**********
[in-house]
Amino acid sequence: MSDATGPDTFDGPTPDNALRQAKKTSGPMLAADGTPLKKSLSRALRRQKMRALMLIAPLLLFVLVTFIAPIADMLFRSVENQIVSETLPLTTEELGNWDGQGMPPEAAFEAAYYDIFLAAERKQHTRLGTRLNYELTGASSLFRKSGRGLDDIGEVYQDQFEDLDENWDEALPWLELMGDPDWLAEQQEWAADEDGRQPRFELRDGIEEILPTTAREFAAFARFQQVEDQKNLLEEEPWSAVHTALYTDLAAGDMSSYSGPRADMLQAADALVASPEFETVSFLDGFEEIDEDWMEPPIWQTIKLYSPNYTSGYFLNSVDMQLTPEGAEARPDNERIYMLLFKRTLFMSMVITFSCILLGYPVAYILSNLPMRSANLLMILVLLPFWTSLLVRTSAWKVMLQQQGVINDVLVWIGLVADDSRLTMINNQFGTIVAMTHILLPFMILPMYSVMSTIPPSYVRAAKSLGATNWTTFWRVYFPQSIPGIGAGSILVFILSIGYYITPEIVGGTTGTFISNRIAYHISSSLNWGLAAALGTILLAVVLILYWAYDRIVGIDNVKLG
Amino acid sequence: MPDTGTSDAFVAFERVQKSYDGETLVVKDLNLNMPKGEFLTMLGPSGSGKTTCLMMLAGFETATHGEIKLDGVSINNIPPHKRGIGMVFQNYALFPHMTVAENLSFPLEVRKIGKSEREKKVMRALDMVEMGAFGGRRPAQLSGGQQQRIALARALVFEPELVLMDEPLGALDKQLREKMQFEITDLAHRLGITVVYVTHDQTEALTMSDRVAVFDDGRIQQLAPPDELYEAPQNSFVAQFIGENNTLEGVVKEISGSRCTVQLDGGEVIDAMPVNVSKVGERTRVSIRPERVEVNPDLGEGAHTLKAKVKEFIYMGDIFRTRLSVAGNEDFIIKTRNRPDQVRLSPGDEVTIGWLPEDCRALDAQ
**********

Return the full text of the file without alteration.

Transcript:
[in-house]
Amino acid sequence: MSDATGPDTFDGPTPDNALRQAKKTSGPMLAADGTPLKKSLSRALRRQKMRALMLIAPLLLFVLVTFIAPIADMLFRSVENQIVSETLPLTTEELGNWDGQGMPPEAAFEAAYYDIFLAAERKQHTRLGTRLNYELTGASSLFRKSGRGLDDIGEVYQDQFEDLDENWDEALPWLELMGDPDWLAEQQEWAADEDGRQPRFELRDGIEEILPTTAREFAAFARFQQVEDQKNLLEEEPWSAVHTALYTDLAAGDMSSYSGPRADMLQAADALVASPEFETVSFLDGFEEIDEDWMEPPIWQTIKLYSPNYTSGYFLNSVDMQLTPEGAEARPDNERIYMLLFKRTLFMSMVITFSCILLGYPVAYILSNLPMRSANLLMILVLLPFWTSLLVRTSAWKVMLQQQGVINDVLVWIGLVADDSRLTMINNQFGTIVAMTHILLPFMILPMYSVMSTIPPSYVRAAKSLGATNWTTFWRVYFPQSIPGIGAGSILVFILSIGYYITPEIVGGTTGTFISNRIAYHISSSLNWGLAAALGTILLAVVLILYWAYDRIVGIDNVKLG
Amino acid sequence: MPDTGTSDAFVAFERVQKSYDGETLVVKDLNLNMPKGEFLTMLGPSGSGKTTCLMMLAGFETATHGEIKLDGVSINNIPPHKRGIGMVFQNYALFPHMTVAENLSFPLEVRKIGKSEREKKVMRALDMVEMGAFGGRRPAQLSGGQQQRIALARALVFEPELVLMDEPLGALDKQLREKMQFEITDLAHRLGITVVYVTHDQTEALTMSDRVAVFDDGRIQQLAPPDELYEAPQNSFVAQFIGENNTLEGVVKEISGSRCTVQLDGGEVIDAMPVNVSKVGERTRVSIRPERVEVNPDLGEGAHTLKAKVKEFIYMGDIFRTRLSVAGNEDFIIKTRNRPDQVRLSPGDEVTIGWLPEDCRALDAQ